Unlike the college entrance exam, which now is generally held in early June, it was a cold and snowy winter when the Gaokao was held at a middle school in Tianjin, roughly 20 kilometers from Liu's workplace in 1977. He got up at 6 am and rode a bicycle for two hours to take the exam. 

"The roads were slippery and bumpy, but I was in high spirits… I knew the chance to attend college was within reach," Liu said. He was 22 years old at the time, while some candidates were in their 30s or 40s. 

Every province had its own exam papers. During the two days, Liu took three exams: Chinese, Politics and Science — including mathematics, physics and chemistry, with a total score of 450 points. 

"I didn't perform well in Politics because the textbook and materials were rare, and I could not get them to review. But in Chemistry I did quite well. I was anxious and even thought that I might need to take the exam again next year," Liu recalled. He even had a plan B to work as a maintenance worker at an automobile factory in Tianjin if he did not secure a college position. 

Liu Tiegen and his undergraduate classmates at Tianjin University on the 30th anniversary of their graduation on January 1, 2008.

The 1977 generation

Despite his worries, the results were beyond Liu's expectations. 

Liu was admitted to Tianjin University, which he said was a "life-changing moment" for his family. He then pursued a master's degree and a PhD degree at Tianjin University. As most universities were short-handed at the time, Liu remained at the university after his graduation to serve as a professor of subjects related to optoelectronics engineering. 

Liu, calling himself a witness of how changes in China are building up and gaining momentum, said his career's development has been in tandem with China's technology rise during the past decades. 

Liu now serves as the chief scientist of a national optical fiber sensing project under the National Basic Research Program (973 Program) and the director-general of the Association of National Optical-mechanical Technology and System Integration under China Instrument and Control Society. He also enjoys a special allowance of the State Council, China's cabinet, a subsidy only high-level Chinese technicians are entitled to.   

"When I began research in optoelectronics in the 1980s, we were just reading theses written by foreign scholars and following their footsteps, but now we devote ourselves to developing innovative, researches," he explained. 

His team applies for more than 10 patents every year now, with world-leading breakthroughs in areas such as fiber optic pressure sensing and fiber optic gas sensing. Prior to 2000, the total number of patents Liu's team had applied for was below 10.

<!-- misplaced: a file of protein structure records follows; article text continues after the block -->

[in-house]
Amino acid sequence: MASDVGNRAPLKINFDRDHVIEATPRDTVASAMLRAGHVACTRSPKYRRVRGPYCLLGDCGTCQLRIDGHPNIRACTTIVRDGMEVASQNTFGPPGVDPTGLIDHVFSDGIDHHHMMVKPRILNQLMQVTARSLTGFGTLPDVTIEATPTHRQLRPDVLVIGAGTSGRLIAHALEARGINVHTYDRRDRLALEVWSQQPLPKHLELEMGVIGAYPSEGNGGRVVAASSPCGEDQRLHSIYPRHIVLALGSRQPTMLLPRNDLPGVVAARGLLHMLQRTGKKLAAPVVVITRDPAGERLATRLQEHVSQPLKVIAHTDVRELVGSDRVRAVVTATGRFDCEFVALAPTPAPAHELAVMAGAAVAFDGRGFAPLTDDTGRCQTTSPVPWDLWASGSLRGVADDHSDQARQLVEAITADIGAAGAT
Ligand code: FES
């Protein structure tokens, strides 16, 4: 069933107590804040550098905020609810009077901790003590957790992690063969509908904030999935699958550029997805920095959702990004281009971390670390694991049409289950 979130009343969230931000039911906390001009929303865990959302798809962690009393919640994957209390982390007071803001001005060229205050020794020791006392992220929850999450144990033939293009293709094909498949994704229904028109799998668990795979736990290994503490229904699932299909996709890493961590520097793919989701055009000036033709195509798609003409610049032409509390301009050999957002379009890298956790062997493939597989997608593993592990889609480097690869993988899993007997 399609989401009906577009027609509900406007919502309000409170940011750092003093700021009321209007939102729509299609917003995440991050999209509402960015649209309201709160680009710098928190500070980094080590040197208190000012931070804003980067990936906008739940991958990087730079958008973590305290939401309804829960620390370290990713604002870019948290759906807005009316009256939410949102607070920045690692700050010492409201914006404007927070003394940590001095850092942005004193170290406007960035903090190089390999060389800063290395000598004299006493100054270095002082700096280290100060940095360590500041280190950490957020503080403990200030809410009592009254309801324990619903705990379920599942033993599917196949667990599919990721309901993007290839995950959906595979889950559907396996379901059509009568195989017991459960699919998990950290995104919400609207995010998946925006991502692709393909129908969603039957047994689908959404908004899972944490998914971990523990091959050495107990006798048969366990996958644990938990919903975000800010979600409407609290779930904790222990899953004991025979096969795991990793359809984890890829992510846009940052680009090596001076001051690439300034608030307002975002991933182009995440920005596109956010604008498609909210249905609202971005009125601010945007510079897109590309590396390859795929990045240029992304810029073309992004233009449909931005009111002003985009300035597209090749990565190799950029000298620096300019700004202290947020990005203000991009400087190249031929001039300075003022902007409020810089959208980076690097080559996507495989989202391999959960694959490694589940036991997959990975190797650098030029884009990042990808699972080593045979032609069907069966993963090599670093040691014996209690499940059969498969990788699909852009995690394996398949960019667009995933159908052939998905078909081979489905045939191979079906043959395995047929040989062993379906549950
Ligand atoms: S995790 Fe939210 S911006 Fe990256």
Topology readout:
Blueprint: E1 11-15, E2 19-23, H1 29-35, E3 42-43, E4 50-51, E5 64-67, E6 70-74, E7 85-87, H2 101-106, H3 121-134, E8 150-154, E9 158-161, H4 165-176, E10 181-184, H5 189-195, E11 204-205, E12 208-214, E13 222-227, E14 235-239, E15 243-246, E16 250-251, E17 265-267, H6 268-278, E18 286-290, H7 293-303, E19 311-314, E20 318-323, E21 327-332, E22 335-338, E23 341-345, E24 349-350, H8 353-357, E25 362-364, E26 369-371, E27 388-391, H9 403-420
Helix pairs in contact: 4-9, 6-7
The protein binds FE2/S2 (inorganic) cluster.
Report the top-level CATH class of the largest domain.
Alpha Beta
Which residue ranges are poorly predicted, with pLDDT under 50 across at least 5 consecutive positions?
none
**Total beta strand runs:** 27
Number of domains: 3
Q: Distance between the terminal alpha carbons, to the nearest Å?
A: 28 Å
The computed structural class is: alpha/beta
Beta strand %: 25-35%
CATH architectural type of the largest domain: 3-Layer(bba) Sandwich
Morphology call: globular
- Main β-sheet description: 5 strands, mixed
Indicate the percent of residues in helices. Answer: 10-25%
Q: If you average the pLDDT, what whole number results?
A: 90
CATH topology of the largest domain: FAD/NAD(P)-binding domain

Like Liu, the other students of the 1977 cohort, or the first college graduates after the end of an extremely turbulent period, have now become pillars of China's economy, in areas spanning politics, technology, science, medicine and culture. Some are esteemed officials and directors, including Chinese Premier Li Keqiang, who was enrolled in Peking University after sitting the 1977 Gaokao, and film director and producer Zhang Yimo.

Together they guided the Chinese economy, which was in ruins back in the 1970s, through modernization, reform, and opening-up, to become the world's second-largest powerhouse. 

Liu Tiegen (right) works with a colleague in a library. Li Xuanmin/GT

Modern context

Without a doubt, the 1977 Gaokao played a pivotal role in underpinning China's economic growth. However, given the head-to-head global tech competition and China's industrial upgrade and transformation, industry observers have called for another overhaul in the educational system to better propel China's economy.  

Xiong Bingqi, deputy director of the Shanghai-based 21st Century Education Research Institute, told the Global Times on Tuesday that under a modern context, the Gaokao's role in the educational system should be revised from "a baton of examination" to "a server" that helps universities assess students during the enrollment process. 

"China now needs innovative and high-quality talent to gain a firm foothold in the global race, but it is hard to create such graduates under the exam-oriented system. Gaokao results should only be a reference for higher education admissions," Xiong explained.
Newspaper headline: Gaokao helps change China

Posted in: ECONOMY

blog comments powered by Disqus